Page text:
I’ve always thought the only difference between a ‘think tank’ and some people down the pub having a chat is that the people down the pub don’t tend to have their own letterheads.
However, if someone somewhere is giving you money and a name and presumably all the biscuits you can eat there must be a purpose behind your existence as a think tank and as it can’t possibly be your ideas because those ideas are plainly absurd what might it be?
This week, ‘think tank’ the Social Market Foundation suggested that patients should be charged £20 to visit their GPs in a bid to reduce demand on NHS services and who knows, maybe make a few quid.
Obviously children or people receiving tax credits wouldn’t have to pay (these think tank people are not barbarians) but everyone else would. Now, as ideas go this one is right up there with selling your fingers so you can afford to buy a typewriter.
We spend 15 years trying to reduce the costs of hospital and long-term care by encouraging contact with GP services and then a think tank tries to undo all that with a single stroke, creating the circumstances where people have to choose to either shop or go to the doctor. That will reduce the number of people in waiting rooms but increase expenditure on hospital care not so far down the line. And one would imagine that even groups like this one - who tend to think people are essentially an irritant to the pure science of economics - know that an idea like that is absurd in itself. And so, one wonders, why do they suggest it?
One possibility is that it changes, ever so slightly, the nature of debate about NHS spending. Up until recently politicians have argued over who would be nicer to the health service in 2011 as they sought to reassure public sector workers and a worried electorate that while things are going to be difficult somehow it won’t affect patients or services all that much.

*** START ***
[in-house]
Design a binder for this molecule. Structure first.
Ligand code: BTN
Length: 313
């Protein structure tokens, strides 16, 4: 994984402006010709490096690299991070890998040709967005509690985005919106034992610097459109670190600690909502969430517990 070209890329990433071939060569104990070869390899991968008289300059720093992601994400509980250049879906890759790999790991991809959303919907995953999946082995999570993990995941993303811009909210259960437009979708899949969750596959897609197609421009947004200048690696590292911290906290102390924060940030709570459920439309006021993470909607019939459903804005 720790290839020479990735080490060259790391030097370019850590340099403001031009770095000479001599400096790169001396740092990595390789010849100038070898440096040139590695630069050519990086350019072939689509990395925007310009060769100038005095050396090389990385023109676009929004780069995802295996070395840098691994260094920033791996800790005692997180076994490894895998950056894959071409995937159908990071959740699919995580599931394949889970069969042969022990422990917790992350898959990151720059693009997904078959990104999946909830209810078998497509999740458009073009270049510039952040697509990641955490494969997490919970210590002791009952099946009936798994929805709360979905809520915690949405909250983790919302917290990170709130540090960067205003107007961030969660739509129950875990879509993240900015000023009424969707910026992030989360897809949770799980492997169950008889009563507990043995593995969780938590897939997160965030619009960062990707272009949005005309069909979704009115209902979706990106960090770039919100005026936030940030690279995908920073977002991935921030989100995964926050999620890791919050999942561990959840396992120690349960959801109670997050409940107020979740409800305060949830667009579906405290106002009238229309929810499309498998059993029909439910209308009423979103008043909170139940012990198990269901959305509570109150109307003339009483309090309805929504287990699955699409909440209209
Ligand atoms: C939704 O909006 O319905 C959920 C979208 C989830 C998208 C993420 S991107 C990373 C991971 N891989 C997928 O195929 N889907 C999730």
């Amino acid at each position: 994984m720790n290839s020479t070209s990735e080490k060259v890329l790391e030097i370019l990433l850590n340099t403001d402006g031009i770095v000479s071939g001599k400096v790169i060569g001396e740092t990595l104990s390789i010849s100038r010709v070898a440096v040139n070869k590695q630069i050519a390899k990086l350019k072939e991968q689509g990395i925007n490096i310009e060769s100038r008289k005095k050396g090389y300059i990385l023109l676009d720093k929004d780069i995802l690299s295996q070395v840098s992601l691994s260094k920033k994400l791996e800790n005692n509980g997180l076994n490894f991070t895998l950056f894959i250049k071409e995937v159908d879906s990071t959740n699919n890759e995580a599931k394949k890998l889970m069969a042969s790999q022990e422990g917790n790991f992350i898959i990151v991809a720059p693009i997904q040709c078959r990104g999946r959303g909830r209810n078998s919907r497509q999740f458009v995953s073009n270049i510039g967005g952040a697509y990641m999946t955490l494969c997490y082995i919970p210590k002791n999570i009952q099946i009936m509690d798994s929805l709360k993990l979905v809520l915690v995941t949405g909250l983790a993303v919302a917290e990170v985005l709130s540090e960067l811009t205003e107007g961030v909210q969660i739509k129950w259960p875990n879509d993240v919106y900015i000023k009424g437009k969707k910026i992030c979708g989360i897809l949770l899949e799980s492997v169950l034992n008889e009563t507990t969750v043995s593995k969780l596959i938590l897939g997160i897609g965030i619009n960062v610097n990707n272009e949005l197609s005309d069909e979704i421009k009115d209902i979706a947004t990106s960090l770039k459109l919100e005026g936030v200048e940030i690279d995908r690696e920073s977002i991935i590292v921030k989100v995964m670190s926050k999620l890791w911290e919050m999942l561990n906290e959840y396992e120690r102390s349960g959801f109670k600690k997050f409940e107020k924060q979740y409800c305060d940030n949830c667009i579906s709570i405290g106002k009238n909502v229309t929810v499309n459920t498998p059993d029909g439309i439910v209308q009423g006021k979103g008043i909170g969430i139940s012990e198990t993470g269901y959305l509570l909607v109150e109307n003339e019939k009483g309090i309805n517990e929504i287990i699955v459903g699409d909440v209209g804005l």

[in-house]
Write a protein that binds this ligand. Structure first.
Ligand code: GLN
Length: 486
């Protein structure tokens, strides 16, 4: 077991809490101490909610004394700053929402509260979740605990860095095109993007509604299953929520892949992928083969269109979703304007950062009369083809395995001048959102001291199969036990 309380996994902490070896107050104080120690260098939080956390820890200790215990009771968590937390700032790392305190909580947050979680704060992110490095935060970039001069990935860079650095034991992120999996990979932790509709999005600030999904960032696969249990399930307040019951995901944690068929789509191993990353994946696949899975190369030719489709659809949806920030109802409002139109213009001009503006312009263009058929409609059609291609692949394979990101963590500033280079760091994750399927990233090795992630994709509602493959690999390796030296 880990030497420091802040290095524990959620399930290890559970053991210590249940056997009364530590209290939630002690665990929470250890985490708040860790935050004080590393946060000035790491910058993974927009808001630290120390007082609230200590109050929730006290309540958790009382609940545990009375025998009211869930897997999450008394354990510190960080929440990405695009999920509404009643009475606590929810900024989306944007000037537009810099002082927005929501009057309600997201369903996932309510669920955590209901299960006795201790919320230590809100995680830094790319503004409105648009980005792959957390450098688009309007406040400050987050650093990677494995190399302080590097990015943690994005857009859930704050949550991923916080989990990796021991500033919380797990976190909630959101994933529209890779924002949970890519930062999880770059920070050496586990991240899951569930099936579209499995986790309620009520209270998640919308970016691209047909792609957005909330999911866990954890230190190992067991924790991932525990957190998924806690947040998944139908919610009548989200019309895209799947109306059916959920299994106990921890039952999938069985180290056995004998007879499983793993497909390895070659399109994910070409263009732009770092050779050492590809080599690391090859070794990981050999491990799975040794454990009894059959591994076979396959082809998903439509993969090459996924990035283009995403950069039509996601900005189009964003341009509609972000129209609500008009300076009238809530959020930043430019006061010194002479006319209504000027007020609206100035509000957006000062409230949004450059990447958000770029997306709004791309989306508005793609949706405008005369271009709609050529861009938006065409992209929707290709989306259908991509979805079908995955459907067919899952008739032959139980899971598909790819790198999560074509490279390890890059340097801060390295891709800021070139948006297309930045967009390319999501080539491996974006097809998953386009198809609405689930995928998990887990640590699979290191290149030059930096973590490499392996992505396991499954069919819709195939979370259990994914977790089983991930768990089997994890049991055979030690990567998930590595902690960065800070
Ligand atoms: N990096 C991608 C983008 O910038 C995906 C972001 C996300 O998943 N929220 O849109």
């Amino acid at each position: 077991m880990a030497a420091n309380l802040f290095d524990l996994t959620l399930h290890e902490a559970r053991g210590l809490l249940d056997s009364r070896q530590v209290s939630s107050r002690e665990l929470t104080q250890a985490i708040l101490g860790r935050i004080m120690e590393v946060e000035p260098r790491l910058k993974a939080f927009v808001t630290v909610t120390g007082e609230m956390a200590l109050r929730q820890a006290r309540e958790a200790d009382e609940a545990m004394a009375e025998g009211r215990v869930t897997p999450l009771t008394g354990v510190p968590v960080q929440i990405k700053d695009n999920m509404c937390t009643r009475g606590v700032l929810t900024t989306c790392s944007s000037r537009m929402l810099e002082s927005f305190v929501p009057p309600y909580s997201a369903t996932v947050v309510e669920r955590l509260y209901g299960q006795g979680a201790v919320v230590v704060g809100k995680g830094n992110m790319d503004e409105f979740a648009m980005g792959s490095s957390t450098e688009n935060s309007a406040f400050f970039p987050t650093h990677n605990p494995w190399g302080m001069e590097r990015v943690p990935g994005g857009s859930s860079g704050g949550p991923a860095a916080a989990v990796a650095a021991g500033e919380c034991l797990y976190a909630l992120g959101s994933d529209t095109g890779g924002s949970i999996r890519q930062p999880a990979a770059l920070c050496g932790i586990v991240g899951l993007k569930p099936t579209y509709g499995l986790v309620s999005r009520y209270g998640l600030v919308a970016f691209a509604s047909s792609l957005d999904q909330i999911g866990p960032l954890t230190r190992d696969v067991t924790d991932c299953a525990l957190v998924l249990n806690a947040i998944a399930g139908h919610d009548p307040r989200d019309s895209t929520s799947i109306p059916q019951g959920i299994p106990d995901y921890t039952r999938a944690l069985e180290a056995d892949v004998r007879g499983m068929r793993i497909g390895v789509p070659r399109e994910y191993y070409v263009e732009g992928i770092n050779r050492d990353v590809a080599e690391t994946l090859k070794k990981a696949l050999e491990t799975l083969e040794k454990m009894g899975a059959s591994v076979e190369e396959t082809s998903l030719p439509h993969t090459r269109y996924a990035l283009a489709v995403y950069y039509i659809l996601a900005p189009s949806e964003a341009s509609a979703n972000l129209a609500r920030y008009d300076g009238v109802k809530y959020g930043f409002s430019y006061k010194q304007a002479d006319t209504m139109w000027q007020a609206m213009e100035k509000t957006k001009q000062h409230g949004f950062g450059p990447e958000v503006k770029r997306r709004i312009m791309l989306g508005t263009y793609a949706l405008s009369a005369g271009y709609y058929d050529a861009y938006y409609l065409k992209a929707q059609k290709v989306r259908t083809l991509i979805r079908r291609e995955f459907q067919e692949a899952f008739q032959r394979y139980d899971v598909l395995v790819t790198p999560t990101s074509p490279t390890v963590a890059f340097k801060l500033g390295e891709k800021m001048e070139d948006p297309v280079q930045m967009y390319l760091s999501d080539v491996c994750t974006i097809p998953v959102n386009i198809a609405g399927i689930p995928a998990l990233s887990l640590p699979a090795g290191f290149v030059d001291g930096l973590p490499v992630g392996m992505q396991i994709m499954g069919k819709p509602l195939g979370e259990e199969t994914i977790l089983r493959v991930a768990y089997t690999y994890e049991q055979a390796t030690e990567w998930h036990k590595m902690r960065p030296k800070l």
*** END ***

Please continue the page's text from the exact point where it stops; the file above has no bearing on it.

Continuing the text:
“If the NHS is under threat it needs advocates, people to defend and develop the best of it in the face of attack.”
However, they aren’t being all that convincing. So next comes an array of suggestions preparing us perhaps for cuts, additional costs, new types of suffering. They may not all happen and so maybe we will ultimately be grateful for that but slowly the agenda is being set and worryingly nurses are not contributing to it.
A day or so later two more ‘think tanks’ (I wonder if they have their own quiz nights?) The King’s Fund and The Institute For Fiscal Studies said the NHS should now start preparing for the budget deficit it will experience in 2011.
And so it should, but with think tanks queuing up to suggest how we do it, shouldn’t nursing be asking if it needs its thinking done for it by organisations like the SMF? If the NHS is under threat it needs advocates, people to defend and develop the best of it in the face of attack. Somebody to point the axe away from clinical services perhaps and at bureaucracy and micro management, for example. Surely nursing needs to be at the heart of that debate. And so the real question is: why aren’t we?